SONAC commissioned RAND Europe to refine their working definition of strategic advantage. The team, which also drew in leading UK academics, used a multimethod research approach involving the development of case studies and expert workshops. The study explored the types of advantage held by different actors, the ways in which these can been gained and/or lost, and the ways in which actors seek to maintain and exploit their advantages in practice.
Strategic advantage in a competitive age
Definitions, dynamics and implications
- What are the drivers and dynamics of competition among great powers?
- What are the different dimensions, features, and components of strategic advantage?
- Which characteristics influence an actor's potential for achieving strategic advantage?
Strategic competition and the pursuit of strategic advantage are foundational concepts in UK, U.S. and Allied strategy and policy documents. However, there is no universally agreed definition or theory of strategic advantage, what it comprises, and how it works. This risks strategies, policies, plans, and behaviours being built on faulty assumptions.
Given these conceptual and definitional issues, the Secretary of State's Office for Net Assessment and Challenge (SONAC) in the UK Ministry of Defence (MOD) commissioned RAND Europe to offer an independent, evidence-based perspective and refine the current working definition of strategic advantage. The RAND-led team, which also drew in leading academics, did so through the application of a multi-method research approach involving the development of a series of twelve historical case studies and a series of expert workshops.
This study explored the types of strategic advantage held by different actors, the ways in which these can been gained and/or lost, and the ways in which nations seek to maintain and exploit their advantages in practice as part of great power competition.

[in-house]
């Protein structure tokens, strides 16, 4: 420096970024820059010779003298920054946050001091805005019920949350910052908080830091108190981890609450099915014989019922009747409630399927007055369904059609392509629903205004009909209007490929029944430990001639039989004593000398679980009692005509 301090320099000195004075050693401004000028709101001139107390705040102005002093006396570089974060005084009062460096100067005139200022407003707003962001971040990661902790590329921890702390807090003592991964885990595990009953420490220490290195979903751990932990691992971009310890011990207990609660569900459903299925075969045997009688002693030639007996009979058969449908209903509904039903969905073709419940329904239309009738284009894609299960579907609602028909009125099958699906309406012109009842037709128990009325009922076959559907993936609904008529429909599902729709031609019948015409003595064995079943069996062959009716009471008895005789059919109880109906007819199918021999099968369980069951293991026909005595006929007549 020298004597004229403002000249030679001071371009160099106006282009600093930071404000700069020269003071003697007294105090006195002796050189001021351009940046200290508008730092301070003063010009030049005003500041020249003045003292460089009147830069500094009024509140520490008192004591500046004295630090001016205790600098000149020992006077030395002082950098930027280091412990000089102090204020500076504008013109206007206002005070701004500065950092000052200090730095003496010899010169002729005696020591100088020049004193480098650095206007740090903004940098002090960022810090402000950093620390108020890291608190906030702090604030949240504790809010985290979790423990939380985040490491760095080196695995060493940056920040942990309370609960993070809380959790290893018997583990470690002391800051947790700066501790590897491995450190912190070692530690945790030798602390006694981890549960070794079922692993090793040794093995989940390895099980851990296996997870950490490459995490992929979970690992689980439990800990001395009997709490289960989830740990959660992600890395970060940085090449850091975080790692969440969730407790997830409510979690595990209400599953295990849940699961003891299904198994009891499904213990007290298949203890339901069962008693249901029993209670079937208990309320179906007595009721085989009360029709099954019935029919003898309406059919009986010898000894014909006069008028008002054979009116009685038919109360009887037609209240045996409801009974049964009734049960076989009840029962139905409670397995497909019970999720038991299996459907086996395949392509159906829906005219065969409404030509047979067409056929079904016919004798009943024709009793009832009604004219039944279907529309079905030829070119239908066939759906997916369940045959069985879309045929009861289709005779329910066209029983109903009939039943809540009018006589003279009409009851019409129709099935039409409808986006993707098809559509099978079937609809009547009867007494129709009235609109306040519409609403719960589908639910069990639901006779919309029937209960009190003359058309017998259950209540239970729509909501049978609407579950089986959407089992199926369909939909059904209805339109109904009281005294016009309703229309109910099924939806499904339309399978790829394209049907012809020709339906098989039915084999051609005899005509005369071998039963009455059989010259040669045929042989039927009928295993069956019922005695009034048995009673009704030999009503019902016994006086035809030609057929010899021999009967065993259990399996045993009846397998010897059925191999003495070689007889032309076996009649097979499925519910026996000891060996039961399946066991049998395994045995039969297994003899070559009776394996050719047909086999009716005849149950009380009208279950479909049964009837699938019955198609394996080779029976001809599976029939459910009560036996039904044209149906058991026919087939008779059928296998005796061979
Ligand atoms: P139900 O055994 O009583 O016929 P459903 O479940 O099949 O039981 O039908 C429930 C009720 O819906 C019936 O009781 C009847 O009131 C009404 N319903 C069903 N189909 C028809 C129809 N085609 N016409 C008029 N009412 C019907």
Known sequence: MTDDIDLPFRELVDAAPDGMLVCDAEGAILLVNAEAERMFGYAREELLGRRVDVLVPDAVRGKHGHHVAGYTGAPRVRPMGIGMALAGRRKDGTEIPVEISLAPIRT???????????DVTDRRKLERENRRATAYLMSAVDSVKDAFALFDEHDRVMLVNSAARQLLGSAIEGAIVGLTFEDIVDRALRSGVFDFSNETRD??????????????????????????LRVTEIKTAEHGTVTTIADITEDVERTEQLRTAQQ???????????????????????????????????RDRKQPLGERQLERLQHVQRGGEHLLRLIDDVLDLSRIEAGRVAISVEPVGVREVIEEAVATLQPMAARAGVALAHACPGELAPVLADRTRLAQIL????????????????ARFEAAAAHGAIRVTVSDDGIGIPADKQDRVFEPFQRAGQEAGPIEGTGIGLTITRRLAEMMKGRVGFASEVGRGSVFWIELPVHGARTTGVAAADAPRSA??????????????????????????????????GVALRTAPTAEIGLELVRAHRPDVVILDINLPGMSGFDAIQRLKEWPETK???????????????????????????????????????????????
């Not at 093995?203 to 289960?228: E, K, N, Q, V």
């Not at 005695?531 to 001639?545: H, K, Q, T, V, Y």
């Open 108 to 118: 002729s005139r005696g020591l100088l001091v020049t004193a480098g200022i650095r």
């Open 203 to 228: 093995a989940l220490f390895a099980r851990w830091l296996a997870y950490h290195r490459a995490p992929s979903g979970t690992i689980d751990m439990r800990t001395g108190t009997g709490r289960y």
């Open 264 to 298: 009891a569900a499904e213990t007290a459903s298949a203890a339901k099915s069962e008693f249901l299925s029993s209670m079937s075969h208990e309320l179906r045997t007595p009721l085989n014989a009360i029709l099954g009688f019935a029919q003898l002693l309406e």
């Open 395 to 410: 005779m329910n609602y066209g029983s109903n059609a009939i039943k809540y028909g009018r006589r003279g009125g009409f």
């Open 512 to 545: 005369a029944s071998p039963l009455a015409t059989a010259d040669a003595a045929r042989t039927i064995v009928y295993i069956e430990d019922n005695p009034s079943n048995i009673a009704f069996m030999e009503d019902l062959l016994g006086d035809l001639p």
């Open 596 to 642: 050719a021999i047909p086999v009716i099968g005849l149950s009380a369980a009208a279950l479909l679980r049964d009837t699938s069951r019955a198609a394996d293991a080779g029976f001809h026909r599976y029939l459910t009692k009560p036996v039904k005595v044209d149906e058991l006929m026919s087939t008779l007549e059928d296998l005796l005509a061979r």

- Strategic advantage is comprised of individual strands of advantage or disadvantage relating to all available levers of power.
- Strategic advantage is time-dependent and context-dependent but can be 'future-proofed' to mitigate the risks of being overtaken by a competitor.
- A position of overall strategic advantage can relate to both adversaries and friendly actors, given competition represents a broad continuum of relations.
- The UK should use strategic partnerships to shoulder the weight of competition and conflict, and to overcome limits on national capabilities.
- The UK should consider new partnerships of convenience to adapt to the changing operating environment and to achieve different goals at different times.
- The UK should better combine all instruments of power to favourably shape public opinion at home and abroad, to enhance power projection abroad, and to enhance and leverage the potential of science and technology.
Table of Contents
Conceptualising strategic advantage in theory
Understanding strategic advantage through history
Defining strategic advantage
Achieving strategic advantage
Conclusions and next steps